It has been suggested that we are often unaware of external factors that influence eating behavior (Wansink, 2006; Vartaninan et al., 2008). There is a substantial body of research that shows external factors have a robust influence on eating behavior (Epstein et al., 2009; Remick et al., 2009; Rozin et al., 2003).
These external factors include things such as portion size, labeling, variety of food we eat, and how much attention we pay when we’re eating (or whether we’re distracted by socializing, for instance). Even the plate size can affect how we eat.
Now, some researchers have suggested that external factors may play a larger role in eating behavior than internal factors, such as hunger, satiety, flavor, macro-nutrient content, and so on (Wansink et al., 2007; Levitsky, 2005; Wansink, et al., 2005).
What’s behind these external or environmental factors and their role in how we eat?
External (Environmental) Factors
At one time it was widely assumed people ate when they were hungry and stopped when they were full, as behavior responded to physiological signals. More recently, a variety of factors have been shown to influence food intake, e.g. cultural factors, influences of the food industry, environmental factors and more (Vartanian et al., 2008; Rozin, 1996; Wansink et al., 2009). Of those factors, external factors appear to be some of the strongest influences on eating behavior.
There is a substantial amount of evidence showing that external factors can influence people’s eating behavior (Remick et al., 2009; Herman et al., 2005). Some of these external factors include portion size, socializing, variety, labeling and plate shape (Wansink, 2004). These factors often work together or with other influences to shape food intake. Primarily, external factors affect our eating behaviors by interfering with consumption norms or they disrupt our ability to monitor how much we have eaten (Wansink et al., 2009).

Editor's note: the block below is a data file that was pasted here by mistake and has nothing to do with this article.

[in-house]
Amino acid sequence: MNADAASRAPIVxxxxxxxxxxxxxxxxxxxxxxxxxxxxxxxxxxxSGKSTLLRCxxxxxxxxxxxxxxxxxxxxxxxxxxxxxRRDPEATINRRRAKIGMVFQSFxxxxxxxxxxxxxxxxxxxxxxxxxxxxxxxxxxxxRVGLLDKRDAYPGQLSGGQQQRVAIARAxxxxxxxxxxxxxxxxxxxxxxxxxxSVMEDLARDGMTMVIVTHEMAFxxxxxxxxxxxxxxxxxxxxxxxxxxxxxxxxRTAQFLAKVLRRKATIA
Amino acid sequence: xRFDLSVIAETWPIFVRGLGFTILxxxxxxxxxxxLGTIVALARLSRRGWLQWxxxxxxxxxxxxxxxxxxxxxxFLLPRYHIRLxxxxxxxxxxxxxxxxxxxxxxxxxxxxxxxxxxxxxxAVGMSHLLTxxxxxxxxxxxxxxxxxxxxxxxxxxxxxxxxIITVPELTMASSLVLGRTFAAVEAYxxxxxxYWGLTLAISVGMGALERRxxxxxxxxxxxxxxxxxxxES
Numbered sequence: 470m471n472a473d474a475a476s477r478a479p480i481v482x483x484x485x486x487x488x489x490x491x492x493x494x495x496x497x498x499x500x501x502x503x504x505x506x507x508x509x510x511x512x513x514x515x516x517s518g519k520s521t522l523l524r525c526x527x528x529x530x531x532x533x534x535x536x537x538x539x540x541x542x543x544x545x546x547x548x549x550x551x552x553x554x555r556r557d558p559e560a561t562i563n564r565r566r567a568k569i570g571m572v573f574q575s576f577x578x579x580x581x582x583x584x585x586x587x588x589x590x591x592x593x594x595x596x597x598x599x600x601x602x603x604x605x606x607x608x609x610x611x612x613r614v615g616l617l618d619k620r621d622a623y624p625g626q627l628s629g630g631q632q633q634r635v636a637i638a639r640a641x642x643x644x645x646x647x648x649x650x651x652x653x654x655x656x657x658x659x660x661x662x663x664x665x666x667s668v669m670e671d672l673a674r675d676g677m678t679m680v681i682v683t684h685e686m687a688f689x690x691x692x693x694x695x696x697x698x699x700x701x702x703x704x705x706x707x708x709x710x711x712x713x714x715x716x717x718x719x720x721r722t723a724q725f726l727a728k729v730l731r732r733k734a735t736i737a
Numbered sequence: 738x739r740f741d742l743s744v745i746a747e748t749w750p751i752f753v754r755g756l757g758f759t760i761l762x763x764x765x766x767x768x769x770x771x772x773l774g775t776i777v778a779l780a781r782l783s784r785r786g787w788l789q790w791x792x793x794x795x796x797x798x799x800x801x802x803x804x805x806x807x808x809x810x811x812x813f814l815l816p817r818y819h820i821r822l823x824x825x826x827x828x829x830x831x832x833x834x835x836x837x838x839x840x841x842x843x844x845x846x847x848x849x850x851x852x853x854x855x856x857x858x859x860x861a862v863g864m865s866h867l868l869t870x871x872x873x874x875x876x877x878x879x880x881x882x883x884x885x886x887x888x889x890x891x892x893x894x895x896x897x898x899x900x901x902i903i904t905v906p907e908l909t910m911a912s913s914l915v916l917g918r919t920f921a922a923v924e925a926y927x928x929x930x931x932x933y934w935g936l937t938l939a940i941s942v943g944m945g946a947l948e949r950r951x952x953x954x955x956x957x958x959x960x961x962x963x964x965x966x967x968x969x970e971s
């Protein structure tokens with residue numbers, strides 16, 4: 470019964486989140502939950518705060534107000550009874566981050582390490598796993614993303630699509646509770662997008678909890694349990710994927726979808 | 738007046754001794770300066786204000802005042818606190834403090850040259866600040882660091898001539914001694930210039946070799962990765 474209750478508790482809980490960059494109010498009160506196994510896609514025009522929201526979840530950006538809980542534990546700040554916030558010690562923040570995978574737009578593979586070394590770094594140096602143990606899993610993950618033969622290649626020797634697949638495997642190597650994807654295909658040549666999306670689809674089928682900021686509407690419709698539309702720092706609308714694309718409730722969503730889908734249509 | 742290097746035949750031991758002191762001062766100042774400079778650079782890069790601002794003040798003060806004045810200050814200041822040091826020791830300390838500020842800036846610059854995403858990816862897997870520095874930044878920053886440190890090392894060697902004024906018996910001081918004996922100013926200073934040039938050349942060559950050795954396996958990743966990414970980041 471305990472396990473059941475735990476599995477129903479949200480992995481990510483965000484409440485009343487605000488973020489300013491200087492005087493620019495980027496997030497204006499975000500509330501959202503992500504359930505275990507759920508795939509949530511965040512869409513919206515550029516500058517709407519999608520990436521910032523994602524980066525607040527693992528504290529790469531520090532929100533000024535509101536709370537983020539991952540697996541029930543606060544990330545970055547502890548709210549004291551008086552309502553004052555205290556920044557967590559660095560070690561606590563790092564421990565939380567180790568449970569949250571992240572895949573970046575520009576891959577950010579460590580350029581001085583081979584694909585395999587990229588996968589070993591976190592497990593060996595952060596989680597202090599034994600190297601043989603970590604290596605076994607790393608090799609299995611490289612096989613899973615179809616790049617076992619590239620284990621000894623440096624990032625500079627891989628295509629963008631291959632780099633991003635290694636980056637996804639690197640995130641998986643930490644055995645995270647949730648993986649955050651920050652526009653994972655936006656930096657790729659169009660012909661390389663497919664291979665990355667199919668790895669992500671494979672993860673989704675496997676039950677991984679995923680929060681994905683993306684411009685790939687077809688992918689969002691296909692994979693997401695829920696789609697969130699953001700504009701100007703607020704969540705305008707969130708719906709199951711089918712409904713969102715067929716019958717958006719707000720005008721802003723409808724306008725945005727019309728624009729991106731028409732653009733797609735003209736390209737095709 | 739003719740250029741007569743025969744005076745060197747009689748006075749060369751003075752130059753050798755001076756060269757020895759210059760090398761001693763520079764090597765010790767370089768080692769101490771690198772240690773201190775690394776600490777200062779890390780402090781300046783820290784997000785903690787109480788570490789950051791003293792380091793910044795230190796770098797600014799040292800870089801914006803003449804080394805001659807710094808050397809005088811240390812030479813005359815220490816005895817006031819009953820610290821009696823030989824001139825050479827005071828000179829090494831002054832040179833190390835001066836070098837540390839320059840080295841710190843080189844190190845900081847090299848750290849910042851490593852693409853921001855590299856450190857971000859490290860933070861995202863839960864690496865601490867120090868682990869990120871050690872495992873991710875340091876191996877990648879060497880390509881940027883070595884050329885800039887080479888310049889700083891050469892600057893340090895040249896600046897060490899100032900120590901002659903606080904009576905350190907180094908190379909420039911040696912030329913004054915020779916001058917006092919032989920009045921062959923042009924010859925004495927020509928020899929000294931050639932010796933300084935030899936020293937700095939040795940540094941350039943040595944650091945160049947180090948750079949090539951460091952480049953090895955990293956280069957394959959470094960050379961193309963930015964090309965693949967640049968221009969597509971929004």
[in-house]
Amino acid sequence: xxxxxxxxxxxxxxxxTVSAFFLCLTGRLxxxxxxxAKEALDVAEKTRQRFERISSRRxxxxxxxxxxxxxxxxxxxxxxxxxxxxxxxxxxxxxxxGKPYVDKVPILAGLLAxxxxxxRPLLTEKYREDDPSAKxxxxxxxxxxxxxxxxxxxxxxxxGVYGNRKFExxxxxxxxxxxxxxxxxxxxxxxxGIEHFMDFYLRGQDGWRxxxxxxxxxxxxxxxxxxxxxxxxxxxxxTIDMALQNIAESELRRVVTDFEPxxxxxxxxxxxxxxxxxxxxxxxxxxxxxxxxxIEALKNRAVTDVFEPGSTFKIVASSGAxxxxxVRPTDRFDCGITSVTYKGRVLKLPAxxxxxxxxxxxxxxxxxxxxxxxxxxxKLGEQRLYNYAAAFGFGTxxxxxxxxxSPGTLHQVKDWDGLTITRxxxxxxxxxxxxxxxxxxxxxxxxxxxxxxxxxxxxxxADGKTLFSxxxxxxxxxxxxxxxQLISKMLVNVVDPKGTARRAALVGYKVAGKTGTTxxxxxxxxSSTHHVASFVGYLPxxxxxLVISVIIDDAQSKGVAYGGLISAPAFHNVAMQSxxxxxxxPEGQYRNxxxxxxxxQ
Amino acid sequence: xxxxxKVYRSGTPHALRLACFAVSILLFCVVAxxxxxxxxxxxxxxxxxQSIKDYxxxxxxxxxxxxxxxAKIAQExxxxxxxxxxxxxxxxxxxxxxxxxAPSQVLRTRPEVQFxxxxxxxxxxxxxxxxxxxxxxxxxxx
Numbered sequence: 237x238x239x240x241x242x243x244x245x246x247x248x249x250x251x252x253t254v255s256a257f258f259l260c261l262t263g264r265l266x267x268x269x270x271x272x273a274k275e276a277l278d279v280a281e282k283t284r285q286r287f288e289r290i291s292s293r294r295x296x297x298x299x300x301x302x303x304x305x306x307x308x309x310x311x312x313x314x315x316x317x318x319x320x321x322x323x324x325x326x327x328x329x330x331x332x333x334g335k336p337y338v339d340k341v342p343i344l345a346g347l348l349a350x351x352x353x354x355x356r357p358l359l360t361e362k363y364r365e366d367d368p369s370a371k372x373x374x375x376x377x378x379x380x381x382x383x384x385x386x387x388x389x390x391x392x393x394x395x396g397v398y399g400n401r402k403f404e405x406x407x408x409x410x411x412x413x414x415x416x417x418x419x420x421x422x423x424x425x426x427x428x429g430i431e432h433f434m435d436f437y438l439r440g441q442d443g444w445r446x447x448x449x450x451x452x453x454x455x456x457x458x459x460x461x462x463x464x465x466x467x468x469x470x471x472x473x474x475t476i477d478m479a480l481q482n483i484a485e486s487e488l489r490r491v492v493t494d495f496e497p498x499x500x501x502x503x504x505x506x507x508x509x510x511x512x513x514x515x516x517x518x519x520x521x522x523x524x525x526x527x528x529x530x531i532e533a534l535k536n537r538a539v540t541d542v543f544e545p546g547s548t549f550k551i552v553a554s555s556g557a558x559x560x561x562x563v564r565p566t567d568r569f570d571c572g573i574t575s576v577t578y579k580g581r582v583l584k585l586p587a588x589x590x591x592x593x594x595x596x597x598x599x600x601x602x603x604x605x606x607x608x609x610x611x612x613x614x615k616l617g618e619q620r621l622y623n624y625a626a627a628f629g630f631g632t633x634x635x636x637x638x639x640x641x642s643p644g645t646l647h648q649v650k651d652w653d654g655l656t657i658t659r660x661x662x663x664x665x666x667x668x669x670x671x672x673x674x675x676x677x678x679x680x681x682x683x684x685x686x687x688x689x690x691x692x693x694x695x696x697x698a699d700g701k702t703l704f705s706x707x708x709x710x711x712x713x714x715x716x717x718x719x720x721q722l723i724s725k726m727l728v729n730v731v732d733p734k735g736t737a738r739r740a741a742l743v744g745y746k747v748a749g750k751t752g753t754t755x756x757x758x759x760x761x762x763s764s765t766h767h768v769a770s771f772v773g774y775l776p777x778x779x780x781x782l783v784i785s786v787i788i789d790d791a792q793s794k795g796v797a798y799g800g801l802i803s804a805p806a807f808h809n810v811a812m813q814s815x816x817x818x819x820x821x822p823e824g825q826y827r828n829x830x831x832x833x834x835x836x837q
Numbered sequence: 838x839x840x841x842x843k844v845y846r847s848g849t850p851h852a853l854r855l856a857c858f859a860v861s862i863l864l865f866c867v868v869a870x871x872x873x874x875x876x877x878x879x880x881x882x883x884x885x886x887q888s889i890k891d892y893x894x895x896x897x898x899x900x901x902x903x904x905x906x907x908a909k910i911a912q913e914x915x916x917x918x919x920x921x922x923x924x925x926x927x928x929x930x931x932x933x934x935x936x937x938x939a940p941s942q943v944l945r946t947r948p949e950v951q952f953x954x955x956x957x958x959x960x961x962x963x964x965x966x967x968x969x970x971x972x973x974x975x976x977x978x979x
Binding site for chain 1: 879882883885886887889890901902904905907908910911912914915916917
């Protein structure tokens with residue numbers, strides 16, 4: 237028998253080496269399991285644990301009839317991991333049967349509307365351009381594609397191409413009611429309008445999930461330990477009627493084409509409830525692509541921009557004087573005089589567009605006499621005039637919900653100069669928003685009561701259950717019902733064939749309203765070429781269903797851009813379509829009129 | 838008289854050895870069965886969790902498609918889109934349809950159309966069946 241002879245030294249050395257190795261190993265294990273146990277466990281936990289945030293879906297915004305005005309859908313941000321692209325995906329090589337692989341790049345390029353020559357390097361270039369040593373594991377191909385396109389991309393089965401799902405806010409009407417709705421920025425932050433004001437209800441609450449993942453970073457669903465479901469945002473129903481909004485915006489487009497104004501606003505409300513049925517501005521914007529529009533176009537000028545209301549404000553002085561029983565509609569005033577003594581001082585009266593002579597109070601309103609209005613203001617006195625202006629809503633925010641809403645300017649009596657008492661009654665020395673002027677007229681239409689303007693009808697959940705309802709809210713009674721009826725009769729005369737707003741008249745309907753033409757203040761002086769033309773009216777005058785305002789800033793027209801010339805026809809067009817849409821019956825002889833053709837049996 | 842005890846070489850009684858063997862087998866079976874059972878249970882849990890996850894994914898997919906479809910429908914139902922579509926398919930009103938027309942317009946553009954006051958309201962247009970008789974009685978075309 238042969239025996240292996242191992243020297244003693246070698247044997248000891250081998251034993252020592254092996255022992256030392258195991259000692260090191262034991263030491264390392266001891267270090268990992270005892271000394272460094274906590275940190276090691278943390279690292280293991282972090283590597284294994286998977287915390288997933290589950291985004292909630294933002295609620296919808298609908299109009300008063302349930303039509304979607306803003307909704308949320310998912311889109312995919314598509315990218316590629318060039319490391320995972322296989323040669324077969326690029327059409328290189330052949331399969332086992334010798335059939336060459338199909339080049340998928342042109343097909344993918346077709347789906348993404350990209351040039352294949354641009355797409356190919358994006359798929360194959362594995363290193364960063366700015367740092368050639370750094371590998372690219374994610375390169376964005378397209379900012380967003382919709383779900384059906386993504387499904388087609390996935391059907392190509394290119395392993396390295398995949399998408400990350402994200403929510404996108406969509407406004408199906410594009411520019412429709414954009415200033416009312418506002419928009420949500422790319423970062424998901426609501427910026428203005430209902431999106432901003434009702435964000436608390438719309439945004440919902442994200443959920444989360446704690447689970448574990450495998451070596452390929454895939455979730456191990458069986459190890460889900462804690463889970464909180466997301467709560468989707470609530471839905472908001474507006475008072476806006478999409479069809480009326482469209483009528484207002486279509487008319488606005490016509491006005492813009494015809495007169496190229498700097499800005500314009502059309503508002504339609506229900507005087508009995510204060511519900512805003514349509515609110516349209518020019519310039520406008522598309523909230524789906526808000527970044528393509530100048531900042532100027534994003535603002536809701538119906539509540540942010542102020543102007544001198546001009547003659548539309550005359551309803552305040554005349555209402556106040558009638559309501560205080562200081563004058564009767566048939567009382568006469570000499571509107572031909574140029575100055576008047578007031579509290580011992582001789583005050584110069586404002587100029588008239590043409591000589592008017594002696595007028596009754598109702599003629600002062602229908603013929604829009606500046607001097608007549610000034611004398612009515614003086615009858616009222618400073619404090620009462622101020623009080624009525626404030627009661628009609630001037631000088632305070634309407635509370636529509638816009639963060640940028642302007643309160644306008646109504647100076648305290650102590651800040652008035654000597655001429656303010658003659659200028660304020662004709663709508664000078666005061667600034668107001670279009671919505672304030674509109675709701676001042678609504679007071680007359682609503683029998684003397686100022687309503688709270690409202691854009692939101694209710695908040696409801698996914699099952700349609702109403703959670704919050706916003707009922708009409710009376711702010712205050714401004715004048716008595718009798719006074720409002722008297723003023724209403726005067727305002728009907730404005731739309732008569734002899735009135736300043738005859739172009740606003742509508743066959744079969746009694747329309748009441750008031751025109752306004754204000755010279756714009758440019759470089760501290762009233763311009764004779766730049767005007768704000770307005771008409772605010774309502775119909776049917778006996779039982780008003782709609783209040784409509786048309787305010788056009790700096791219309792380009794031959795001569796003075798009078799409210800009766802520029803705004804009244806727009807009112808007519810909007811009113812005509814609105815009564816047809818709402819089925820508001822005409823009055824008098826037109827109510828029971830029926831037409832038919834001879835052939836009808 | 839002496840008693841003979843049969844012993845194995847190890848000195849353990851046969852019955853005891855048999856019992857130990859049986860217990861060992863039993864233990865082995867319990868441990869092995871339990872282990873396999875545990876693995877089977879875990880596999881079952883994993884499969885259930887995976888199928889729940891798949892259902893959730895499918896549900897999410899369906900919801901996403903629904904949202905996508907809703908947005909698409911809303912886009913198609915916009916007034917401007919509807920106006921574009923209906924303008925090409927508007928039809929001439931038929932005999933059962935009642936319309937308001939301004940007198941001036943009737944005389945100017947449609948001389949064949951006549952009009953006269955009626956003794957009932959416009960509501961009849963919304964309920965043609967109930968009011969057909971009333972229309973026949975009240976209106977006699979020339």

For many people deciding how much to eat or drink is a burden, so instead of spending to much time thinking about it, they instead rely on consumption norms to help when choosing how much to eat. Consumption may be influenced by how much one typically buys or consumes.
Consumption may also be influenced by other cues or norms in the environment. Package size, variety, utensil size, or presence of others my suggest a consumption norm that affects how much one drinks or eats. These norms suggest an optimal quantity that we should eat or drink (Wansink et al., 2009; Wansink et al., 2004).
External factors have been shown to bias one’s estimate of how much they have eaten. Even when people were given information that larger package sizes often cause individuals to underestimate consumption by 20%, many of these people in field and lab studies incorrectly said they were not affected by package size (Wansink, 1996).
A major determinant of how much one eats in a distracting environment is whether or not the person is trying to monitor their intake. Eating is a multidimensional process that is sometimes difficult to monitor. This can lead to individuals focusing more on food choice than food volume.
For example, people eating at an Italian restaurant correctly believed that if they ate butter with each slice of their bread they would consume fewer fat calories per slice than they would if they dipped their bread in olive oil. This became problematic as they compensated for this reduction in fat calories by eating 23% more bread over the course of the meal (Wansink & Linder, 2003).
References available upon request.
Woman eating a hot dog image available from Shutterstock.